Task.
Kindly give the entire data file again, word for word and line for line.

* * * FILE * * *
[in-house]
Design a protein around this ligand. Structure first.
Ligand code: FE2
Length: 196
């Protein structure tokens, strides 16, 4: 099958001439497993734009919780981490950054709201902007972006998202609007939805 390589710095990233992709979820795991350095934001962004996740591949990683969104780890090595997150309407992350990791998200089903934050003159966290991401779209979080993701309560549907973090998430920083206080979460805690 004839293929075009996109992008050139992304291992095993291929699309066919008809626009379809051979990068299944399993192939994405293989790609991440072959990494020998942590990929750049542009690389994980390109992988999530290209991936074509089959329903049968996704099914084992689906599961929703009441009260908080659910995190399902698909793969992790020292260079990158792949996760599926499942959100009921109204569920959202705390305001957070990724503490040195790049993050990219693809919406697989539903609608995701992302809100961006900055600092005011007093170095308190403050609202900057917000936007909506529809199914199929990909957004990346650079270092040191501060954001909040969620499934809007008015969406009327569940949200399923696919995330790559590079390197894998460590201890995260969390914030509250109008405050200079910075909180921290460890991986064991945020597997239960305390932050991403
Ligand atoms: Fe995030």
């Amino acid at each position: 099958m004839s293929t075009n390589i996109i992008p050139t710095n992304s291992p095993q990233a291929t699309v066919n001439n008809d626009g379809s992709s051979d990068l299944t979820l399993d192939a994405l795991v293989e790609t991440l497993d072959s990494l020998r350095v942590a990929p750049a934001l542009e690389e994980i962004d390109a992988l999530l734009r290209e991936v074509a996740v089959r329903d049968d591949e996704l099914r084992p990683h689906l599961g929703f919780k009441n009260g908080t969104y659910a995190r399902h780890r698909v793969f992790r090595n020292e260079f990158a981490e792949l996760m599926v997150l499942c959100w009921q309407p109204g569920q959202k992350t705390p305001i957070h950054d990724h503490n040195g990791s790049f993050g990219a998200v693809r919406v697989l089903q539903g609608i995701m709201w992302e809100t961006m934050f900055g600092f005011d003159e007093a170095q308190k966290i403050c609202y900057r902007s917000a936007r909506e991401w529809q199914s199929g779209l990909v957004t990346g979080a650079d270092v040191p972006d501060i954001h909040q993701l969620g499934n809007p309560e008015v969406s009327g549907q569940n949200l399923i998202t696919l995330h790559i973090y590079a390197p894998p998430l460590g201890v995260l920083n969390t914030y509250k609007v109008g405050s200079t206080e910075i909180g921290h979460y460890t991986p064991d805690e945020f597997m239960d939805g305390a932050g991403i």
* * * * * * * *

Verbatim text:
[in-house]
Design a protein around this ligand. Structure first.
Ligand code: FE2
Length: 196
């Protein structure tokens, strides 16, 4: 099958001439497993734009919780981490950054709201902007972006998202609007939805 390589710095990233992709979820795991350095934001962004996740591949990683969104780890090595997150309407992350990791998200089903934050003159966290991401779209979080993701309560549907973090998430920083206080979460805690 004839293929075009996109992008050139992304291992095993291929699309066919008809626009379809051979990068299944399993192939994405293989790609991440072959990494020998942590990929750049542009690389994980390109992988999530290209991936074509089959329903049968996704099914084992689906599961929703009441009260908080659910995190399902698909793969992790020292260079990158792949996760599926499942959100009921109204569920959202705390305001957070990724503490040195790049993050990219693809919406697989539903609608995701992302809100961006900055600092005011007093170095308190403050609202900057917000936007909506529809199914199929990909957004990346650079270092040191501060954001909040969620499934809007008015969406009327569940949200399923696919995330790559590079390197894998460590201890995260969390914030509250109008405050200079910075909180921290460890991986064991945020597997239960305390932050991403
Ligand atoms: Fe995030």
């Amino acid at each position: 099958m004839s293929t075009n390589i996109i992008p050139t710095n992304s291992p095993q990233a291929t699309v066919n001439n008809d626009g379809s992709s051979d990068l299944t979820l399993d192939a994405l795991v293989e790609t991440l497993d072959s990494l020998r350095v942590a990929p750049a934001l542009e690389e994980i962004d390109a992988l999530l734009r290209e991936v074509a996740v089959r329903d049968d591949e996704l099914r084992p990683h689906l599961g929703f919780k009441n009260g908080t969104y659910a995190r399902h780890r698909v793969f992790r090595n020292e260079f990158a981490e792949l996760m599926v997150l499942c959100w009921q309407p109204g569920q959202k992350t705390p305001i957070h950054d990724h503490n040195g990791s790049f993050g990219a998200v693809r919406v697989l089903q539903g609608i995701m709201w992302e809100t961006m934050f900055g600092f005011d003159e007093a170095q308190k966290i403050c609202y900057r902007s917000a936007r909506e991401w529809q199914s199929g779209l990909v957004t990346g979080a650079d270092v040191p972006d501060i954001h909040q993701l969620g499934n809007p309560e008015v969406s009327g549907q569940n949200l399923i998202t696919l995330h790559i973090y590079a390197p894998p998430l460590g201890v995260l920083n969390t914030y509250k609007v109008g405050s200079t206080e910075i909180g921290h979460y460890t991986p064991d805690e945020f597997m239960d939805g305390a932050g991403i």